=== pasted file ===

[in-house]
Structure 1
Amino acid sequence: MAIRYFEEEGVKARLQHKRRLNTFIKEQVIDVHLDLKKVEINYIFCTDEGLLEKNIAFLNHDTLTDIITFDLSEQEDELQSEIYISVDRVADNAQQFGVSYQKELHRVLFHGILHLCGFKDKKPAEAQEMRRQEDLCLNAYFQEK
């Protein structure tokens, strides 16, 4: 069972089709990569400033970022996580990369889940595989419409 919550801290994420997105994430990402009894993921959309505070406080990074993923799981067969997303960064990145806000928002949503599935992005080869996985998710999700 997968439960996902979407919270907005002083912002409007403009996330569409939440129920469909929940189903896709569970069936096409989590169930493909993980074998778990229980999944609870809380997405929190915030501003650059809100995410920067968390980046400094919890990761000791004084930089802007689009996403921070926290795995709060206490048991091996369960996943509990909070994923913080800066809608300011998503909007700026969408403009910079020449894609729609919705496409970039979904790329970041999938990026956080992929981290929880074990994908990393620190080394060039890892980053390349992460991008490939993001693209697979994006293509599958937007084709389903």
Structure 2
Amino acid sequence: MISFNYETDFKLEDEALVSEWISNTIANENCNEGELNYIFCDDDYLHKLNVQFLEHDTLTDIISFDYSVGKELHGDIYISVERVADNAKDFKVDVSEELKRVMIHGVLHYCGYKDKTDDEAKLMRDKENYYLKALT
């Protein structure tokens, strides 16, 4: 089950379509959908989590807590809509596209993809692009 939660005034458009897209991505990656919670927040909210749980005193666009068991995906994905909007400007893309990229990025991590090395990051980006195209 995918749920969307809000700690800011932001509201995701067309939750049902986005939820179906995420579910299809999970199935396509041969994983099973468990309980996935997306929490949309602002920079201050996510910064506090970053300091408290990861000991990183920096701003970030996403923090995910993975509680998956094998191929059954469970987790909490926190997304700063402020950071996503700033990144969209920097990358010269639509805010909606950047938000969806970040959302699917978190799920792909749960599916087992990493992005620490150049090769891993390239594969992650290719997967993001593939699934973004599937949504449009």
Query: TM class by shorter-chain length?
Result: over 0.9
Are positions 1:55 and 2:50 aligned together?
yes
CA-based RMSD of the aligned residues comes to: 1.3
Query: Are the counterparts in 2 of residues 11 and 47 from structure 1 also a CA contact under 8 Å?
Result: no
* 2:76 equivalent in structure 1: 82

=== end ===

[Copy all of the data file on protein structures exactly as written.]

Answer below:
[in-house]
Structure 1
Amino acid sequence: MAIRYFEEEGVKARLQHKRRLNTFIKEQVIDVHLDLKKVEINYIFCTDEGLLEKNIAFLNHDTLTDIITFDLSEQEDELQSEIYISVDRVADNAQQFGVSYQKELHRVLFHGILHLCGFKDKKPAEAQEMRRQEDLCLNAYFQEK
């Protein structure tokens, strides 16, 4: 069972089709990569400033970022996580990369889940595989419409 919550801290994420997105994430990402009894993921959309505070406080990074993923799981067969997303960064990145806000928002949503599935992005080869996985998710999700 997968439960996902979407919270907005002083912002409007403009996330569409939440129920469909929940189903896709569970069936096409989590169930493909993980074998778990229980999944609870809380997405929190915030501003650059809100995410920067968390980046400094919890990761000791004084930089802007689009996403921070926290795995709060206490048991091996369960996943509990909070994923913080800066809608300011998503909007700026969408403009910079020449894609729609919705496409970039979904790329970041999938990026956080992929981290929880074990994908990393620190080394060039890892980053390349992460991008490939993001693209697979994006293509599958937007084709389903």
Structure 2
Amino acid sequence: MISFNYETDFKLEDEALVSEWISNTIANENCNEGELNYIFCDDDYLHKLNVQFLEHDTLTDIISFDYSVGKELHGDIYISVERVADNAKDFKVDVSEELKRVMIHGVLHYCGYKDKTDDEAKLMRDKENYYLKALT
């Protein structure tokens, strides 16, 4: 089950379509959908989590807590809509596209993809692009 939660005034458009897209991505990656919670927040909210749980005193666009068991995906994905909007400007893309990229990025991590090395990051980006195209 995918749920969307809000700690800011932001509201995701067309939750049902986005939820179906995420579910299809999970199935396509041969994983099973468990309980996935997306929490949309602002920079201050996510910064506090970053300091408290990861000991990183920096701003970030996403923090995910993975509680998956094998191929059954469970987790909490926190997304700063402020950071996503700033990144969209920097990358010269639509805010909606950047938000969806970040959302699917978190799920792909749960599916087992990493992005620490150049090769891993390239594969992650290719997967993001593939699934973004599937949504449009």
Query: TM class by shorter-chain length?
Result: over 0.9
Are positions 1:55 and 2:50 aligned together?
yes
CA-based RMSD of the aligned residues comes to: 1.3
Query: Are the counterparts in 2 of residues 11 and 47 from structure 1 also a CA contact under 8 Å?
Result: no
* 2:76 equivalent in structure 1: 82